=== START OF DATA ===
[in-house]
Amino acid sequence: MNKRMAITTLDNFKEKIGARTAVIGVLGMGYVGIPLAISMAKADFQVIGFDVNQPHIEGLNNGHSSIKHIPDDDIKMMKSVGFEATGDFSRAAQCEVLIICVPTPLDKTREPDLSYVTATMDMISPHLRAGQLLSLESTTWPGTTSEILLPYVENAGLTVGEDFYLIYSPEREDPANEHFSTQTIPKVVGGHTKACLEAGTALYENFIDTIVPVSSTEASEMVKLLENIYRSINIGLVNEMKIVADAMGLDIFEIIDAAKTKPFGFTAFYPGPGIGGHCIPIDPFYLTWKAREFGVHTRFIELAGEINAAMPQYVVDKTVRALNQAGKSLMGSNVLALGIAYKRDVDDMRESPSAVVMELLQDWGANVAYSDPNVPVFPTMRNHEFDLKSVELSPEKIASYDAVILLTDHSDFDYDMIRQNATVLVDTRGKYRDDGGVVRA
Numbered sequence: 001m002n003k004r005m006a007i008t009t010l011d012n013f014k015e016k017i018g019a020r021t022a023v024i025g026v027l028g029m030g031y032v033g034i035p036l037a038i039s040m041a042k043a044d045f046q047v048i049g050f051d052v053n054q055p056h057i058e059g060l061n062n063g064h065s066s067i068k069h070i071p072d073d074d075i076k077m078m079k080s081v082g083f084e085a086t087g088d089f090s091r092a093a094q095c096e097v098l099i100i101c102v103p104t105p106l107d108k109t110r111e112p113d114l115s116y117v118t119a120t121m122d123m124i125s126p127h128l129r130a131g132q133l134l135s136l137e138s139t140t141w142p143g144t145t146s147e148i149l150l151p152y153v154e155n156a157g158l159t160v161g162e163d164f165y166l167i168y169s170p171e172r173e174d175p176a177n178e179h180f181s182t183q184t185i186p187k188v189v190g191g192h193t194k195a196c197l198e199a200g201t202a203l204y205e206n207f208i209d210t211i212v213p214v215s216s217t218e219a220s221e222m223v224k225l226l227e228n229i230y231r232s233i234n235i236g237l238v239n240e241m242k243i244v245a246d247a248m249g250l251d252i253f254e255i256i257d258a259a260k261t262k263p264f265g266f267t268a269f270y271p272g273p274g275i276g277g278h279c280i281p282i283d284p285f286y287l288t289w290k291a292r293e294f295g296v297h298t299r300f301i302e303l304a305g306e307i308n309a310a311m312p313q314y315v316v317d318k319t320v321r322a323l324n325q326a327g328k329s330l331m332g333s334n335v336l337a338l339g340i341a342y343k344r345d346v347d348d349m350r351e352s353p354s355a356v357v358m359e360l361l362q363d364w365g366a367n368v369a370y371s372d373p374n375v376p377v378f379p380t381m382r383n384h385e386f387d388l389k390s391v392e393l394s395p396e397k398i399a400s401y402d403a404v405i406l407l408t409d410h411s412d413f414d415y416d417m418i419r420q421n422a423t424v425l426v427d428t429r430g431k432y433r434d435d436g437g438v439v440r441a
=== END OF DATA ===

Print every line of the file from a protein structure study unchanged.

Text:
[in-house]
Amino acid sequence: MNKRMAITTLDNFKEKIGARTAVIGVLGMGYVGIPLAISMAKADFQVIGFDVNQPHIEGLNNGHSSIKHIPDDDIKMMKSVGFEATGDFSRAAQCEVLIICVPTPLDKTREPDLSYVTATMDMISPHLRAGQLLSLESTTWPGTTSEILLPYVENAGLTVGEDFYLIYSPEREDPANEHFSTQTIPKVVGGHTKACLEAGTALYENFIDTIVPVSSTEASEMVKLLENIYRSINIGLVNEMKIVADAMGLDIFEIIDAAKTKPFGFTAFYPGPGIGGHCIPIDPFYLTWKAREFGVHTRFIELAGEINAAMPQYVVDKTVRALNQAGKSLMGSNVLALGIAYKRDVDDMRESPSAVVMELLQDWGANVAYSDPNVPVFPTMRNHEFDLKSVELSPEKIASYDAVILLTDHSDFDYDMIRQNATVLVDTRGKYRDDGGVVRA
Numbered sequence: 001m002n003k004r005m006a007i008t009t010l011d012n013f014k015e016k017i018g019a020r021t022a023v024i025g026v027l028g029m030g031y032v033g034i035p036l037a038i039s040m041a042k043a044d045f046q047v048i049g050f051d052v053n054q055p056h057i058e059g060l061n062n063g064h065s066s067i068k069h070i071p072d073d074d075i076k077m078m079k080s081v082g083f084e085a086t087g088d089f090s091r092a093a094q095c096e097v098l099i100i101c102v103p104t105p106l107d108k109t110r111e112p113d114l115s116y117v118t119a120t121m122d123m124i125s126p127h128l129r130a131g132q133l134l135s136l137e138s139t140t141w142p143g144t145t146s147e148i149l150l151p152y153v154e155n156a157g158l159t160v161g162e163d164f165y166l167i168y169s170p171e172r173e174d175p176a177n178e179h180f181s182t183q184t185i186p187k188v189v190g191g192h193t194k195a196c197l198e199a200g201t202a203l204y205e206n207f208i209d210t211i212v213p214v215s216s217t218e219a220s221e222m223v224k225l226l227e228n229i230y231r232s233i234n235i236g237l238v239n240e241m242k243i244v245a246d247a248m249g250l251d252i253f254e255i256i257d258a259a260k261t262k263p264f265g266f267t268a269f270y271p272g273p274g275i276g277g278h279c280i281p282i283d284p285f286y287l288t289w290k291a292r293e294f295g296v297h298t299r300f301i302e303l304a305g306e307i308n309a310a311m312p313q314y315v316v317d318k319t320v321r322a323l324n325q326a327g328k329s330l331m332g333s334n335v336l337a338l339g340i341a342y343k344r345d346v347d348d349m350r351e352s353p354s355a356v357v358m359e360l361l362q363d364w365g366a367n368v369a370y371s372d373p374n375v376p377v378f379p380t381m382r383n384h385e386f387d388l389k390s391v392e393l394s395p396e397k398i399a400s401y402d403a404v405i406l407l408t409d410h411s412d413f414d415y416d417m418i419r420q421n422a423t424v425l426v427d428t429r430g431k432y433r434d435d436g437g438v439v440r441a